- Hardcover: 3008 pages
- Publisher: Little, Brown and Company; Box edition (November 20, 2012)
- Language: English
- ISBN-10: 0316227781
- ISBN-13: 978-0316227780
- Product Dimensions: 6.5 x 6.5 x 10 inches
- Shipping Weight: 9.2 pounds (View shipping rates and policies)
- Average Customer Review: 4.7 out of 5 stars See all reviews (92 customer reviews)
- Amazon Best Sellers Rank: #37,243 in Books (See Top 100 in Books)
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The Last Lion Box Set: Winston Spencer Churchill, 1874 - 1965 Hardcover – November 20, 2012
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Praise for THE LAST LION, volumes 1 & 2:
"Manchester has read further, thought harder, and told with considerable verve what is mesmerizing in its drama...One cannot do better than this book."―The Philadelphia Inquirer
"Manchester has such control over a huge and moving narrative, such illumination of character...That he can claim the considerable achievement of having assembled enough powerful evidence to support Isaiah Berlin's judgment of Churchill as 'the largest human being of our time.'"―Alistair Cooke, The New Yorker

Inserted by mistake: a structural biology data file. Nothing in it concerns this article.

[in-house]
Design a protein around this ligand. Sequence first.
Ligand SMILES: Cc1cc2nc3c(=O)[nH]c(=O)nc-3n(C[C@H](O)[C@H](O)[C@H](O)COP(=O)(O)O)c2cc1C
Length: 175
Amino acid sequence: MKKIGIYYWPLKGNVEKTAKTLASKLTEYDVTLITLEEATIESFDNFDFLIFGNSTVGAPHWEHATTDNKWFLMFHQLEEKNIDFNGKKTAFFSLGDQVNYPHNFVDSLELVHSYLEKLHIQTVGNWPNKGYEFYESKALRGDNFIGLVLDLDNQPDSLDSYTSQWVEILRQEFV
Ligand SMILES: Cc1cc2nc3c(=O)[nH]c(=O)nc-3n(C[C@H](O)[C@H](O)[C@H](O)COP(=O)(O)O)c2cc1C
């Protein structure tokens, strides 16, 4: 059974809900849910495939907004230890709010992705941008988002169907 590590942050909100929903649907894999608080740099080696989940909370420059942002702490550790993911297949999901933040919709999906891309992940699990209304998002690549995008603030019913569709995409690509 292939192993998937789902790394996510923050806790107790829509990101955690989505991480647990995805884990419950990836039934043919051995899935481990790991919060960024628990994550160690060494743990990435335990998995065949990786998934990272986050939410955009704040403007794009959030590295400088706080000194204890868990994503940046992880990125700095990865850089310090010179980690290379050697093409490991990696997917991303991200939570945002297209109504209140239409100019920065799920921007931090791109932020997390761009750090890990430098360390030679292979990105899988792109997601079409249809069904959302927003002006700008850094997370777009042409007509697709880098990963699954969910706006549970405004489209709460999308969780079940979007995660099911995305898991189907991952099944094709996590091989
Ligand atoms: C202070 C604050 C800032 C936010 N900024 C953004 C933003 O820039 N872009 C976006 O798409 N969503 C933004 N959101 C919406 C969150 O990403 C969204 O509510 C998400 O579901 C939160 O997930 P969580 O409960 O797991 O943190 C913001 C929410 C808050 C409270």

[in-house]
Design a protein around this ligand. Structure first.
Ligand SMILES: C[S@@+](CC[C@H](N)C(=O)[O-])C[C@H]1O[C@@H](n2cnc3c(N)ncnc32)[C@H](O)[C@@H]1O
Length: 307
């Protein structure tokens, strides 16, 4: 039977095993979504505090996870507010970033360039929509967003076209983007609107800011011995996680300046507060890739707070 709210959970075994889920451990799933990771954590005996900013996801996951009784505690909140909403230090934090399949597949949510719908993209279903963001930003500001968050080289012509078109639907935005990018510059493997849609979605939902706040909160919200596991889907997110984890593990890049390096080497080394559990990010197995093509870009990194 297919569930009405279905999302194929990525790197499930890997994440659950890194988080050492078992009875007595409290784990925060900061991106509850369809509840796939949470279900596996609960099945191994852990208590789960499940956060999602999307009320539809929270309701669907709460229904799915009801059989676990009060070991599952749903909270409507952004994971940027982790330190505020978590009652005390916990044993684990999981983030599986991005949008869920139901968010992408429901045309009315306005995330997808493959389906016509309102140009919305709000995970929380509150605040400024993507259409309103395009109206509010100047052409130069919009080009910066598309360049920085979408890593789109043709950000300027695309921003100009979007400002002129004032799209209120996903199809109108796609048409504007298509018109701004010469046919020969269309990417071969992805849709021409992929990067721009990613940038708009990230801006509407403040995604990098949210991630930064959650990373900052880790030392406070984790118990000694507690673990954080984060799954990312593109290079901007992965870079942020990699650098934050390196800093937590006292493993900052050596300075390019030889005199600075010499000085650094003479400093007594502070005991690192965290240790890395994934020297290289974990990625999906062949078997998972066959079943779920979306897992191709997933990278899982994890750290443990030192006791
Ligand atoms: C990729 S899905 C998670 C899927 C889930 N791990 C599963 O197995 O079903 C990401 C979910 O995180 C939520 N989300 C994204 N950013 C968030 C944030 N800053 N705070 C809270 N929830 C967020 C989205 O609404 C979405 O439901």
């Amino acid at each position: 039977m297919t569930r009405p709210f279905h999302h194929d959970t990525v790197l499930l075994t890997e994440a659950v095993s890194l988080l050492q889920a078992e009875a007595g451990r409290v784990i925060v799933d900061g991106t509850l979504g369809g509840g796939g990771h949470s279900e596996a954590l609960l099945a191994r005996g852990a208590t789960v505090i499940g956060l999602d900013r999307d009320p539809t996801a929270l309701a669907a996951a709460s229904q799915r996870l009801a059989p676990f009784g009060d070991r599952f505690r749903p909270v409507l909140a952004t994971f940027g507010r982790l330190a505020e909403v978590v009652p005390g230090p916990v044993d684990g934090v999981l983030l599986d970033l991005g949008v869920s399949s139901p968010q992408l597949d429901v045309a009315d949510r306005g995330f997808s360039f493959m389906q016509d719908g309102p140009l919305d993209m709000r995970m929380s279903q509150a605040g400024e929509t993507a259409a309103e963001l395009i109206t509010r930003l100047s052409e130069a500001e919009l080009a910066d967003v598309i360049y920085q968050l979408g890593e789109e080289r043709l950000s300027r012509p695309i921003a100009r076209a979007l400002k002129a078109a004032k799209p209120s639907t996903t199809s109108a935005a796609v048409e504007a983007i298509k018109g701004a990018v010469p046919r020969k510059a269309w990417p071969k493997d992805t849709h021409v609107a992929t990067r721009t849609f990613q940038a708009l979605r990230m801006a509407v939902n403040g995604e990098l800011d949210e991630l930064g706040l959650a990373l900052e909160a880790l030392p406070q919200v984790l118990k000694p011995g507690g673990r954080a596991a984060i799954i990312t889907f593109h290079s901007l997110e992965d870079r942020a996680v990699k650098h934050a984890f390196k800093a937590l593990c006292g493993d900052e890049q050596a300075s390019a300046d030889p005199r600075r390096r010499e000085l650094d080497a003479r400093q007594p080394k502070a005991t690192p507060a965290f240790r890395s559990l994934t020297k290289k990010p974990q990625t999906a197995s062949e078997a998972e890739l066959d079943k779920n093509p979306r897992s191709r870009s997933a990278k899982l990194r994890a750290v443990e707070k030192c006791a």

About the Author
Paul Reid is an award-winning journalist. In late 2003 his friend, William Manchester, in failing health, asked Paul to complete The Last Lion: Defender of the Realm. He lives in North Carolina. William Manchester was a hugely successful popular historian and biographer whose books include The Last Lion, Volumes 1 and 2, Goodbye Darkness, A World Lit Only by Fire, The Glory and the Dream, The Arms of Krupp, American Caesar, The Death of the President, and assorted works of journalism.
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Top Customer Reviews
Any person interested in Churchill should read this series. Paul Reid did an excellent job with Volume III and I believe that William Manchester would be very proud of Mr. Reid's effort.
I would recommend that readers that have not before read anything by William R. Manchester that you consider reading "Goodbye Darkness" first, then maybe (time permitting and your schedule) "American Caesar: The Life of General Douglas MacArthur - 1880 to 1964". Reading these other books will give you a great introduction to William Manchester's writing style; we lost a legend when he passed away.
This box set is easier for me to read than the paper back as the type is larger.
I am just getting my teeth into volume 2.
For each period i expected some let down. What could possibly match the great war (WW1)?
No let down. Fascinating stuff all the way and beautifully written.
This as advertised is not history but biography. For example the entry of the US in WW1, which many feel was decisive, is barely mentioned.